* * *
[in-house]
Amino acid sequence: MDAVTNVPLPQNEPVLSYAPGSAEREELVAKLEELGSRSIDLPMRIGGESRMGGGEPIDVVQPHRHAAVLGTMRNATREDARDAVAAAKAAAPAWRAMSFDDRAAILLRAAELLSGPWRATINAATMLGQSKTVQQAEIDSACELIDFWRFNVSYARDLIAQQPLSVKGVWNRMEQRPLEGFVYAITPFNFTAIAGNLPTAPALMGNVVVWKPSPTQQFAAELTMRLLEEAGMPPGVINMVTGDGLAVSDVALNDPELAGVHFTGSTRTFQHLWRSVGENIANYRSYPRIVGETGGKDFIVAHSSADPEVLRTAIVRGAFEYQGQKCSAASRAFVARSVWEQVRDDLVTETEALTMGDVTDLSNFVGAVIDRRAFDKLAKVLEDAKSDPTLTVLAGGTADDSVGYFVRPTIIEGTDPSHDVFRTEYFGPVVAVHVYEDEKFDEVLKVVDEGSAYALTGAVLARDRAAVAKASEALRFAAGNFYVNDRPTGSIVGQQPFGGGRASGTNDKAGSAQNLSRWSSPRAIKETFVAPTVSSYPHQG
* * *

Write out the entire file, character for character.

[in-house]
Amino acid sequence: MDAVTNVPLPQNEPVLSYAPGSAEREELVAKLEELGSRSIDLPMRIGGESRMGGGEPIDVVQPHRHAAVLGTMRNATREDARDAVAAAKAAAPAWRAMSFDDRAAILLRAAELLSGPWRATINAATMLGQSKTVQQAEIDSACELIDFWRFNVSYARDLIAQQPLSVKGVWNRMEQRPLEGFVYAITPFNFTAIAGNLPTAPALMGNVVVWKPSPTQQFAAELTMRLLEEAGMPPGVINMVTGDGLAVSDVALNDPELAGVHFTGSTRTFQHLWRSVGENIANYRSYPRIVGETGGKDFIVAHSSADPEVLRTAIVRGAFEYQGQKCSAASRAFVARSVWEQVRDDLVTETEALTMGDVTDLSNFVGAVIDRRAFDKLAKVLEDAKSDPTLTVLAGGTADDSVGYFVRPTIIEGTDPSHDVFRTEYFGPVVAVHVYEDEKFDEVLKVVDEGSAYALTGAVLARDRAAVAKASEALRFAAGNFYVNDRPTGSIVGQQPFGGGRASGTNDKAGSAQNLSRWSSPRAIKETFVAPTVSSYPHQG